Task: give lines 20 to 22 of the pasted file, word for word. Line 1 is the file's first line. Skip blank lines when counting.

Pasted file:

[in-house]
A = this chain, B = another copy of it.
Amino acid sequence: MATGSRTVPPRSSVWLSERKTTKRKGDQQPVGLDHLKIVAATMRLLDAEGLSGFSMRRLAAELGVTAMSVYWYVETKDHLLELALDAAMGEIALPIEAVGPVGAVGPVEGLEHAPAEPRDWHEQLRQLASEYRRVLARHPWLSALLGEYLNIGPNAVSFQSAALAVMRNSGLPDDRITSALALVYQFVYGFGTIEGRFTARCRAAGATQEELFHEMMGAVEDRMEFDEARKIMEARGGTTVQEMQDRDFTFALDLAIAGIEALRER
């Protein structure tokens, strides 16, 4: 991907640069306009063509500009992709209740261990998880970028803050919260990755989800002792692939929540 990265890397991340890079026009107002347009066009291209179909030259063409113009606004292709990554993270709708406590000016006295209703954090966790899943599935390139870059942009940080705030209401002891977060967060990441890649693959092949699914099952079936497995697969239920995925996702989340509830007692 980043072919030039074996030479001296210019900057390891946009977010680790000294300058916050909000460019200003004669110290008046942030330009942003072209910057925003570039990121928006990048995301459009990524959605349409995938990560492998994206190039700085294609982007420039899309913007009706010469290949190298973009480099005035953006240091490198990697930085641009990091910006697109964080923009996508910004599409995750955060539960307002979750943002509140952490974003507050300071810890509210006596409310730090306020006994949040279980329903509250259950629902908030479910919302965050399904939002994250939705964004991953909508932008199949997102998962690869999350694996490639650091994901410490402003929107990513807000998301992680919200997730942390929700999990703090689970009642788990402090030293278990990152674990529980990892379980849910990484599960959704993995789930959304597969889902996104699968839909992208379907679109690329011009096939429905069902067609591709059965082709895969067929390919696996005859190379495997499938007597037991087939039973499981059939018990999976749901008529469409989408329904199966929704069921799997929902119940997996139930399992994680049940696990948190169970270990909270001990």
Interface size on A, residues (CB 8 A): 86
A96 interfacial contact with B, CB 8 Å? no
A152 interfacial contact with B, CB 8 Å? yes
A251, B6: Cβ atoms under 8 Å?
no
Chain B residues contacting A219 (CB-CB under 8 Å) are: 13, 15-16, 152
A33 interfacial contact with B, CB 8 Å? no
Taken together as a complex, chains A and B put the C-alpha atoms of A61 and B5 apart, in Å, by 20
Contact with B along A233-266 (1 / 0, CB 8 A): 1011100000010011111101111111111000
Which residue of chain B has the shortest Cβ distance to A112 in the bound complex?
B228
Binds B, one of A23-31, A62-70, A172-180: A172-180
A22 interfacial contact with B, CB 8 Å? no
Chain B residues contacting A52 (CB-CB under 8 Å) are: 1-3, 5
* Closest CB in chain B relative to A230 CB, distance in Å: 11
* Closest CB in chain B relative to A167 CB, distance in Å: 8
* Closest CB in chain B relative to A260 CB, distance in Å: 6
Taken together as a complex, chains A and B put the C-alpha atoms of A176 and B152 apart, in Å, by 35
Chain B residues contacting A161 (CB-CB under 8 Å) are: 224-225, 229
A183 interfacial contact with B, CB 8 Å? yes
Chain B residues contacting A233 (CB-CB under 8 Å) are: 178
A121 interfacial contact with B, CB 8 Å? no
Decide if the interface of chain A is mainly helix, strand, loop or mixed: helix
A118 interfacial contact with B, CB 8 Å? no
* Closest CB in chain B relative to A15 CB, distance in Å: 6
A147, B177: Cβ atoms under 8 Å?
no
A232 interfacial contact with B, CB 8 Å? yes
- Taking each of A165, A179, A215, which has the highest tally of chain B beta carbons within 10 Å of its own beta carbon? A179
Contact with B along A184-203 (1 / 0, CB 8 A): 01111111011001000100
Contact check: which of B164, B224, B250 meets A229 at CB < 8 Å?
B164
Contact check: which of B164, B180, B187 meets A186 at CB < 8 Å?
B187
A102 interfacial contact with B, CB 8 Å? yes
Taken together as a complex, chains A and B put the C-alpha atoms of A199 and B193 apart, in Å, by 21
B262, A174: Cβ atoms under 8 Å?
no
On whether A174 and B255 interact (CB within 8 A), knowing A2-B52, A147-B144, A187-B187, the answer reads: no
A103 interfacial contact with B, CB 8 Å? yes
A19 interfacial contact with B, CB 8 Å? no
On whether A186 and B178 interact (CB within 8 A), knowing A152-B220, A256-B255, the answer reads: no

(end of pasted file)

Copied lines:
* Closest CB in chain B relative to A167 CB, distance in Å: 8
* Closest CB in chain B relative to A260 CB, distance in Å: 6
Taken together as a complex, chains A and B put the C-alpha atoms of A176 and B152 apart, in Å, by 35